Here I am relaxing on a Sunday morning with my double-espresso watching CNN’s Jake Tapper spend nearly thirty minutes interviewing Vice-President Mike Pence on a variety of issues when it happened…
“I want to ask you a question about climate change,” Tapper begins. “The director of national intelligence, Dan Coats, said in a January report on worldwide threats that the climate emergency is — quote – ‘likely to fuel competition for resources, economic distress and social discontent.’
“The EPA this week, however, rolled back part of President Obama’s Clean Power Plan, letting states set their own limit for coal power plants emissions.”
And here comes the question for the vice-president.
“Do you believe,” Tapper asks, “human-induced climate emergency is a threat to the United States?”
“Well,” Pence begins, “we will always follow the science on that in this administration.”
And that’s when it happened: I almost burned myself spilling my espresso when Pence said, “we will always follow the science… in this administration.”
“The science says it is,” Tapper points out.
And here comes the Pence mini-filibuster.
“But what we won’t do – and the Clean Power Plan was all about that – was hamstringing energy in this country, raising the cost of utility rates for working families across this country.”
“But is it a threat?” Tapper asks again.
And this is where the vice-president enters the weeds of obfuscation.
“While other nations like China and India absolutely do nothing or make illusory promises decades down the road to deal with it. You know, the truth of the matter is, with the advent of natural gas, with the natural gas explosion that is developing…”
“…with clean coal technology, we’re seeing – we’re seeing a significant reduction in carbon emissions all across this country.”
Fact-check: The term “clean coal,” FactCheck.org points out, is “annoyingly nebulous.” It’s true that after much regulation the process has improved, but there is a lot more to be done. Read the Fact-Check piece, Mr. Vice-President.
Okay, back to Tapper as he again, asks, “But is what people are calling a climate emergency, is it a threat? Do you think it is a threat, man-made climate emergency is a threat?”
“I think the answer to is going to be based upon the science.”
Pence says it, again!
“Well, the science says yes.” Tapper points out for a second time.
“Well…” the vice-president says, searching for the right answer, because he knows who’s watching CNN right now.
“I’m asking you what you think,” Tapper asks, again.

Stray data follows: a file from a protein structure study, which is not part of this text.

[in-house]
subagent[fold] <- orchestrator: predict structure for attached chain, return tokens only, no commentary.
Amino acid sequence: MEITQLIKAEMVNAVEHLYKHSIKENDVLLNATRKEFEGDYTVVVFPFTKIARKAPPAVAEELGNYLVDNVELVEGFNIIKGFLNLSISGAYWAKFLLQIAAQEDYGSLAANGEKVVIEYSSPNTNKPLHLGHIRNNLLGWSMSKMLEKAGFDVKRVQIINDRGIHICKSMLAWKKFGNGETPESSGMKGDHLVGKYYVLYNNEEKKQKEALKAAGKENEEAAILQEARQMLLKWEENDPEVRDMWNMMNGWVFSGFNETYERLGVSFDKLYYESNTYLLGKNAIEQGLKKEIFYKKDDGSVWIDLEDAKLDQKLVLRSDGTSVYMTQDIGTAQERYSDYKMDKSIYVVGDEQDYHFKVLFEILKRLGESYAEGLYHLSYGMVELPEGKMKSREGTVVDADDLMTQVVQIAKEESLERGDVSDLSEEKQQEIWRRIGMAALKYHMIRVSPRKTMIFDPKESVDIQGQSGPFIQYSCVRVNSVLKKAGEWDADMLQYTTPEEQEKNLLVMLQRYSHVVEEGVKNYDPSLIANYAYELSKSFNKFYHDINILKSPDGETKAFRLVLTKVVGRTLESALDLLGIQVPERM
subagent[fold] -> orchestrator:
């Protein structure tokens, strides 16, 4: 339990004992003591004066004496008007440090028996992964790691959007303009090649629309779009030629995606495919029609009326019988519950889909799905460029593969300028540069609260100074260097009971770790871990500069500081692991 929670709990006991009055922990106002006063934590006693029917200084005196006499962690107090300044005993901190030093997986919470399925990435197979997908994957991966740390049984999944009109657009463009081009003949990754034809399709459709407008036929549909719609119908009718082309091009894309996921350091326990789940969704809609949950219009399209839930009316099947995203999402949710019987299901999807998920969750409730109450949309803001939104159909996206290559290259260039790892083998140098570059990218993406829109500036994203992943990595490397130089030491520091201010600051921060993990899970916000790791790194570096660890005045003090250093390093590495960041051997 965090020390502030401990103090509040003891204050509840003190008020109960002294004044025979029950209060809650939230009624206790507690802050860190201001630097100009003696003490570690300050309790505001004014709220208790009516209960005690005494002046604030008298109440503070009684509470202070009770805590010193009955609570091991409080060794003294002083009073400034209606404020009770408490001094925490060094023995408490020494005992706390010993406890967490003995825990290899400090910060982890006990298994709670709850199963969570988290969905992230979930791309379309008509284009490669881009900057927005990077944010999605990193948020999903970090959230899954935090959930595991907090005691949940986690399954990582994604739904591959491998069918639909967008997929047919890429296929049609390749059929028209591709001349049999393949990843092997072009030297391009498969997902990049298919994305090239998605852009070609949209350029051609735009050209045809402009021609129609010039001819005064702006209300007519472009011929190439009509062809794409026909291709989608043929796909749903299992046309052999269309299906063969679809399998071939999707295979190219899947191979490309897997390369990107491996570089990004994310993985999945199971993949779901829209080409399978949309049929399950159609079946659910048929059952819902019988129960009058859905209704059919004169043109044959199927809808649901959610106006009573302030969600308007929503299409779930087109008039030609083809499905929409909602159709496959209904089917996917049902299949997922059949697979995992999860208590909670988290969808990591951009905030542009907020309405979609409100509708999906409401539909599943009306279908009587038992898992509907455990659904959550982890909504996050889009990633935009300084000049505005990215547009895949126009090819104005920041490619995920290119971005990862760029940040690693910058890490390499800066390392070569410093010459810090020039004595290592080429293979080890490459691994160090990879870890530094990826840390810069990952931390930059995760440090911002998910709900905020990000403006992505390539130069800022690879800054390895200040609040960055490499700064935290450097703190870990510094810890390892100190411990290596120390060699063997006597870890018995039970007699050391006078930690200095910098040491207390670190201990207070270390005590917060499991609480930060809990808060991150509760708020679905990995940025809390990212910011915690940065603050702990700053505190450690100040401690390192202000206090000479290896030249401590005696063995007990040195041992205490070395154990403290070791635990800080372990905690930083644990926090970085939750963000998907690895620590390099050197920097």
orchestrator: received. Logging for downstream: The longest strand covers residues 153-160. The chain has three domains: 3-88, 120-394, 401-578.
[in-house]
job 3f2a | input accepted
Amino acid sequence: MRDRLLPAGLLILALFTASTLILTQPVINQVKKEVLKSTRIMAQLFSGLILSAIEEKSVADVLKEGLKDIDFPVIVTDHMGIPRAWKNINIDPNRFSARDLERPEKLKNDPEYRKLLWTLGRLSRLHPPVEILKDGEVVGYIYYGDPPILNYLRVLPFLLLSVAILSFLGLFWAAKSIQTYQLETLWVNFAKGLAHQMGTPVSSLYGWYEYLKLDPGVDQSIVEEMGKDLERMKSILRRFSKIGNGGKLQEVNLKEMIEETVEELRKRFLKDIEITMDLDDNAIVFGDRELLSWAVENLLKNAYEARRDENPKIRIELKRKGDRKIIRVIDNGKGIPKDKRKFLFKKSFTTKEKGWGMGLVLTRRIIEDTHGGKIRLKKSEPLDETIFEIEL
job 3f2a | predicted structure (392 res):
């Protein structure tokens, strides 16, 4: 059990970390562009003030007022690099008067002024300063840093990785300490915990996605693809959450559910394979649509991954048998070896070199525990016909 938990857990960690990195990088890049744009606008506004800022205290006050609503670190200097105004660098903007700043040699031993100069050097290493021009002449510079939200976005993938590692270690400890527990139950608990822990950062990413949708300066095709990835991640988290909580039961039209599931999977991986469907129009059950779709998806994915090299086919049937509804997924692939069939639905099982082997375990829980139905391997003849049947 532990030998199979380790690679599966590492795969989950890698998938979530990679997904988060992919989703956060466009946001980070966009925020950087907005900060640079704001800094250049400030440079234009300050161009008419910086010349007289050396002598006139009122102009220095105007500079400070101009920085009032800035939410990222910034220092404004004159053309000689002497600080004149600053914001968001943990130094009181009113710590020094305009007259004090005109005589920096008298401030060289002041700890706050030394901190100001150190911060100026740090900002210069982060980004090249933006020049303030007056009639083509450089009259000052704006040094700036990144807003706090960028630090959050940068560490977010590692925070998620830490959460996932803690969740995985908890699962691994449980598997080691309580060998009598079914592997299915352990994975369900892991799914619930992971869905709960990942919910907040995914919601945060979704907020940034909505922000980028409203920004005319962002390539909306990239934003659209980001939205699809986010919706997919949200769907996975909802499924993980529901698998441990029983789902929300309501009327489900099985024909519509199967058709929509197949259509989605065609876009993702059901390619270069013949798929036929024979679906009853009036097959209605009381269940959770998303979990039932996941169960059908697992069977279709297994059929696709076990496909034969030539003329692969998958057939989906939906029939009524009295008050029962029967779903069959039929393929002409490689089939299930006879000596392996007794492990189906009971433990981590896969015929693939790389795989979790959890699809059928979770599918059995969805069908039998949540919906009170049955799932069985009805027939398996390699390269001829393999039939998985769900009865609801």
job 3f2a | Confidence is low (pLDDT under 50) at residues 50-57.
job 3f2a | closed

“There are many in the science that…” Pence is clearly looking nervous because Tapper, like others, has done his homework.
And Tapper brings out his list. “The science community in your own administration, at NOAA…
“I got it…”
“… at the DNI,” Tapper continues, “they all say it is a threat.”
“I got it. Look, what the President…”
Always a bad sign when Pence tries to translate Trump.
“But you won’t, for some reason…”
Tapper continues to push for a personal opinion. “But you won’t, for some reason…”
“… has said,” Pence, searching, again. “What we have said is that we’re not going to raise utility rates. Remember what President Obama said?”
“But it is not a threat?”
“…has said — he said — he had his climate change plan. He said it is necessarily going to cause utility rates to skyrocket, and that would force us into these green technologies.”
Pence is falling back on the ol’ break-the-bank gambit.
“Now you have got Democrats,” Pence continues, “all running for president that are running on a Green New Deal that would break this economy.”
And Tapper is just trying to get a straight answer from Pence in which the Trump Administration’s own officials label climate change as a serious threat.
“Okay,” Tapper says trying to reverse the question. “So you don’t think it is a threat, is all I’m saying? You don’t think it is a threat?”
“I think we’re making great progress reducing carbon emissions, America has the cleanest air and water in the world. We will continue to use market forces…”
“That is not true,” Tapper points out. “We don’t have the cleanest air and water in the world.”
Let’s go to the highlight reel from National Aeronautics and Space Administration (NASA). (And at the bottom of the page, NASA offers a long list of research links.):
Global temperature rise, warming oceans, shrinking ice sheets, glacial retreat, decreased snow cover, sea levels rising, declining arctic sea ice, extreme events like hurricanes, tornadoes, storms, ocean acidification.
Memo to VP Pence: Mike, the evidence is overwhelming. If you want to speak to an audience of one, you’re better off doing it directly in the Oval Office, or save it for the welcome wagon at Fox & Friends.